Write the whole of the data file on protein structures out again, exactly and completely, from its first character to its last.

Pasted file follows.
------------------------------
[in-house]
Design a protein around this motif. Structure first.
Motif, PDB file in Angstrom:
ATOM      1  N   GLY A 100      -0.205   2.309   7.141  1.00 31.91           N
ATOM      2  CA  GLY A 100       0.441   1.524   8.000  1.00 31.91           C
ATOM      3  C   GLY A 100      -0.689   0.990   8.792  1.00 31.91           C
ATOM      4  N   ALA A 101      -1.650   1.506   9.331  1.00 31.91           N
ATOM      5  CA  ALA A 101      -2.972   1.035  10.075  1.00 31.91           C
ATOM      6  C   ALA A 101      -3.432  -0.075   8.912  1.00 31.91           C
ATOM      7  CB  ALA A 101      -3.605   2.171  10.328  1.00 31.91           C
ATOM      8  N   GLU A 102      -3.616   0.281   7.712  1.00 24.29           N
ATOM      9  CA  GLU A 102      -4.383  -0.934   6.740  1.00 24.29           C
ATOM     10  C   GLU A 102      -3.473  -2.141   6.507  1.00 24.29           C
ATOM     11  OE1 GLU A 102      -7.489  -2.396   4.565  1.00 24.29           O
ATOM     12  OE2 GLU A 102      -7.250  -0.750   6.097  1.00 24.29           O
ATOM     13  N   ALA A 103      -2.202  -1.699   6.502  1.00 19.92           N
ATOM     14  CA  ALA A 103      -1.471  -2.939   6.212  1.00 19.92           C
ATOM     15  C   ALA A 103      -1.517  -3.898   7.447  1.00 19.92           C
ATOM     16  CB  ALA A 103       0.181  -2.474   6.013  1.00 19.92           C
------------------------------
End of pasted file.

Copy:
[in-house]
Design a protein around this motif. Structure first.
Motif, PDB file in Angstrom:
ATOM      1  N   GLY A 100      -0.205   2.309   7.141  1.00 31.91           N
ATOM      2  CA  GLY A 100       0.441   1.524   8.000  1.00 31.91           C
ATOM      3  C   GLY A 100      -0.689   0.990   8.792  1.00 31.91           C
ATOM      4  N   ALA A 101      -1.650   1.506   9.331  1.00 31.91           N
ATOM      5  CA  ALA A 101      -2.972   1.035  10.075  1.00 31.91           C
ATOM      6  C   ALA A 101      -3.432  -0.075   8.912  1.00 31.91           C
ATOM      7  CB  ALA A 101      -3.605   2.171  10.328  1.00 31.91           C
ATOM      8  N   GLU A 102      -3.616   0.281   7.712  1.00 24.29           N
ATOM      9  CA  GLU A 102      -4.383  -0.934   6.740  1.00 24.29           C
ATOM     10  C   GLU A 102      -3.473  -2.141   6.507  1.00 24.29           C
ATOM     11  OE1 GLU A 102      -7.489  -2.396   4.565  1.00 24.29           O
ATOM     12  OE2 GLU A 102      -7.250  -0.750   6.097  1.00 24.29           O
ATOM     13  N   ALA A 103      -2.202  -1.699   6.502  1.00 19.92           N
ATOM     14  CA  ALA A 103      -1.471  -2.939   6.212  1.00 19.92           C
ATOM     15  C   ALA A 103      -1.517  -3.898   7.447  1.00 19.92           C
ATOM     16  CB  ALA A 103       0.181  -2.474   6.013  1.00 19.92           C